- delete a node by clicking on the "Delete node" button
- edit a node by clicking on it, then changing its properties in the "Node properties" area
How to design a workflow
Page approval example
Let's assume that we want a Confluence page to go through several steps before it can be published.
For this purpose, let's define a variable named "state", as an Enumeration whose values correspond to the state the page is in:
|WORK IN PROGRESS||The page is not ready for prime time yet.|
|READY FOR REVIEW||The page is ready for reviewers to read it.|
|REJECTED||The page has been reviewed but rejected.|
|APPROVED||The page has been reviewed and approved.|
|PUBLISHED||The approved page has been published by its author.|
When creating the "state" variable, we give it an initial value of "WORK IN PROGRESS". As a result, this workflow will automatically begin as "WORK IN PROGRESS".
Once we've created the variable, we can define the workflow tree as follows:
The first line tells the workflow engine to display the value of "state" to every user that visits the page.
The following lines are conditions on the value of "state". Each condition restricts access to its children, so that the children are evaluated if (and only if) the condition is fulfilled. In the screenshot above, the children are collapsed.
Now, let's expand some children of the "WORK IN PROGRESS" condition, in order to see more:
Here we go:
- When the state is "WORK IN PROGRESS", the workflow engine sets restrictions on the page, so that no one (except for the page author) can view the page.
- If the current user (the user who is viewing the page) is the page author, he/she will see an action button labeled "Submit for review". If he/she clicks the button, the workflow engine will advance the state to "READY FOR REVIEW".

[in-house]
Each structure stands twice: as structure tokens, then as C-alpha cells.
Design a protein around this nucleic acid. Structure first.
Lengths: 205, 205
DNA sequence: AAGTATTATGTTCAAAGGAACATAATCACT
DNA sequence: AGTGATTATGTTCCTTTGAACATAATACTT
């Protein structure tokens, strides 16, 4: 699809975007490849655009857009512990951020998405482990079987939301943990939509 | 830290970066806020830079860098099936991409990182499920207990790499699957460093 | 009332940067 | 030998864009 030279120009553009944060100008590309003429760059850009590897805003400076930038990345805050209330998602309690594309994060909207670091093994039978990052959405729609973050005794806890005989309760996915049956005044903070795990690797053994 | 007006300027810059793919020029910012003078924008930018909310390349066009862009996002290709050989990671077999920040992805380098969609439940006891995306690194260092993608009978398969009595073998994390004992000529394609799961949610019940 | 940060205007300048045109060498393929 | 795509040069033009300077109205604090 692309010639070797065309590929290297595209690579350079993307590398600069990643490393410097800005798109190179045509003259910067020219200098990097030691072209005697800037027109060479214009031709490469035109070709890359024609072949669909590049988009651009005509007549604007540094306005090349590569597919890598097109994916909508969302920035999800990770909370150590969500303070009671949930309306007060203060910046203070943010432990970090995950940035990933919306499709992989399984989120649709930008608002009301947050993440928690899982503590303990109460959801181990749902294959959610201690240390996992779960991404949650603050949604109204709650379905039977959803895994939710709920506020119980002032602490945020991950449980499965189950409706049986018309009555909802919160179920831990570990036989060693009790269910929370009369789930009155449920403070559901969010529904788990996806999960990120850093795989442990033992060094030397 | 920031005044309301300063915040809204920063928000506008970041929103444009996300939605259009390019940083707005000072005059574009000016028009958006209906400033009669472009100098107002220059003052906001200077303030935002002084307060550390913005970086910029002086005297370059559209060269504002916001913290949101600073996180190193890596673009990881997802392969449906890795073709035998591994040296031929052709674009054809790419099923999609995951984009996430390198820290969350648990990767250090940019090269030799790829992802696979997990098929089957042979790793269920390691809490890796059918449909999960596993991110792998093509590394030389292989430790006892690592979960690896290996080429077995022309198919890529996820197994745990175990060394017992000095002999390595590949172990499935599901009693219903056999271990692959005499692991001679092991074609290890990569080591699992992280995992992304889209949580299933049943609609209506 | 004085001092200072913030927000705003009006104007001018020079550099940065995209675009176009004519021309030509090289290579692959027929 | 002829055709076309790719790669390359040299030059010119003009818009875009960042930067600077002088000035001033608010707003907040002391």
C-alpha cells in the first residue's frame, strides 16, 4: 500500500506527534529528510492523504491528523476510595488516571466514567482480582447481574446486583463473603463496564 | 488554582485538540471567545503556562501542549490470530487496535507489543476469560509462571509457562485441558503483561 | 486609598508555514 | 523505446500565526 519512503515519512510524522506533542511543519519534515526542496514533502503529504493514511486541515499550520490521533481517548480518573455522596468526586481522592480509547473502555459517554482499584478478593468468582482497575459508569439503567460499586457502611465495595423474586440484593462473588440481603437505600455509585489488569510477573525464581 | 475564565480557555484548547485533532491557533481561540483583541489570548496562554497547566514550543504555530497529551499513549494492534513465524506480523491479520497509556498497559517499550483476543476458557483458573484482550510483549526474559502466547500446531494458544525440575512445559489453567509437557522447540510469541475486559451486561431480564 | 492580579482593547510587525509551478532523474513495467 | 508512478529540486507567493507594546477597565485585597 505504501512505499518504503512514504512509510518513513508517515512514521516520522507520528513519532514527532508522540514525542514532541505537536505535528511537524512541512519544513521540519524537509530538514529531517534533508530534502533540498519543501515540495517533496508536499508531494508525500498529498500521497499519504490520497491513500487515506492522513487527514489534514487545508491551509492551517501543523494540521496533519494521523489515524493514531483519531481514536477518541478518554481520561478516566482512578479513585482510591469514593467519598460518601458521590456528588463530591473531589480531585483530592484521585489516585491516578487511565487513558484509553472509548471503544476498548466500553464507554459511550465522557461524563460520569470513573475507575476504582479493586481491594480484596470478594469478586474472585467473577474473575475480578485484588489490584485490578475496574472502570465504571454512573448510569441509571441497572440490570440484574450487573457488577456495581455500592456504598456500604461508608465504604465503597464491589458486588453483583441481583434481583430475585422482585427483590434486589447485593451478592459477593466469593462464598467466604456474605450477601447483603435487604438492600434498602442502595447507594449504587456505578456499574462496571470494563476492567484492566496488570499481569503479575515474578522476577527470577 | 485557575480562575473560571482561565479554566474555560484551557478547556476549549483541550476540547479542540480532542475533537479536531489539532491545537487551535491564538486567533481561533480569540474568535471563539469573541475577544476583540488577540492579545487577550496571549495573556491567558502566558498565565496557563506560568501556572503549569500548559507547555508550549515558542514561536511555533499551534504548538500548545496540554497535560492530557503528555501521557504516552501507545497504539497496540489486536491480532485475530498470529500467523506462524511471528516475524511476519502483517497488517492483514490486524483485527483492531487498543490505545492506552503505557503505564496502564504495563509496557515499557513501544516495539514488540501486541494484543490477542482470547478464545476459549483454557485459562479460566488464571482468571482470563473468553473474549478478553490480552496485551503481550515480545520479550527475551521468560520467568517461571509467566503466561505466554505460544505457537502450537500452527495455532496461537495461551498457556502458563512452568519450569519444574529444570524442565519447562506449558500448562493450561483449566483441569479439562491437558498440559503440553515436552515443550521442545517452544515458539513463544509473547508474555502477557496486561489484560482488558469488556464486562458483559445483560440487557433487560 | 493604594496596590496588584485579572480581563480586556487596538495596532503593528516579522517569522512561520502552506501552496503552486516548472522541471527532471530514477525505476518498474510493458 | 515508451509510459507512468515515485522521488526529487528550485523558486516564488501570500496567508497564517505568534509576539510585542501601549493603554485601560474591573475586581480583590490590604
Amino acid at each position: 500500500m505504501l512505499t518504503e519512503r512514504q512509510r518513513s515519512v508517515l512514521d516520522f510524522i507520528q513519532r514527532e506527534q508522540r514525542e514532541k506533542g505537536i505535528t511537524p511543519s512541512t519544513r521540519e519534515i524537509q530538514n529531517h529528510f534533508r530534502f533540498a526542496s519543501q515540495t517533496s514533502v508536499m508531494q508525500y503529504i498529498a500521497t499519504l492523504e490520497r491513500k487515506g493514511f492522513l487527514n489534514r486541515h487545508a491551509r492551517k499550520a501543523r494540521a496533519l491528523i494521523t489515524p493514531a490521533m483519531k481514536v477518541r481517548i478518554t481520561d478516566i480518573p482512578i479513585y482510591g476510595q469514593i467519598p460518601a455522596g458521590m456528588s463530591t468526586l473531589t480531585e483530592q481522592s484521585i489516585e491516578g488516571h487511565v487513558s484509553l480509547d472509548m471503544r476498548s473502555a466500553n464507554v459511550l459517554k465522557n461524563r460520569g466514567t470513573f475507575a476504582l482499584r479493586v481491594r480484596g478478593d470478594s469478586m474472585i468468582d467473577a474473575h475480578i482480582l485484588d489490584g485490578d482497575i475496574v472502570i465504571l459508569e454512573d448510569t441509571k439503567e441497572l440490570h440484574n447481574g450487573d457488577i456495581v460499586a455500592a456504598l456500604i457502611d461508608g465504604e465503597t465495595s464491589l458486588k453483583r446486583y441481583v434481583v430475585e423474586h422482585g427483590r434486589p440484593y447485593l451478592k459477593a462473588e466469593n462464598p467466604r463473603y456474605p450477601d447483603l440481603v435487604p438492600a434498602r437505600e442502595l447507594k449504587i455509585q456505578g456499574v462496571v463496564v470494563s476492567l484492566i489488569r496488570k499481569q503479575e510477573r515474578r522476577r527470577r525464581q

Now let's look at the next state: "READY FOR REVIEW".
In this state, the page restrictions are relaxed so that reviewers can also view the page.
Then we see that the page author will see an action named "Revert to draft". We haven't expanded that node in the screenshot.
- "allowedReviewers" is a variable of type "Users & Groups" that contains the list of users who are allowed to review a Confluence page.
- "reviewedBy" is a variable of type "Users & Groups" that initially contains nothing.
- "reviewNotes" is a variable of type "Text" that initially contains nothing.
If the current user is found in "allowedReviewers", he/she will see an action named "Approve". This action is not just a button: it has dependencies. In this particular case, the user can enter some review notes before clicking the "Approve" button.
When the "Approve" button is clicked:
- The review notes are stored into the "reviewNotes" variable
- The "state" variable is set to "APPROVED"
- The "reviewedBy" variable is set to the current user
The "Reject" action is similar to the "Approve" action, so we haven't expanded it.
The page has been approved by the reviewer, therefore we advance to the next state.
And so on...
Next section: Binding and connecting your workflows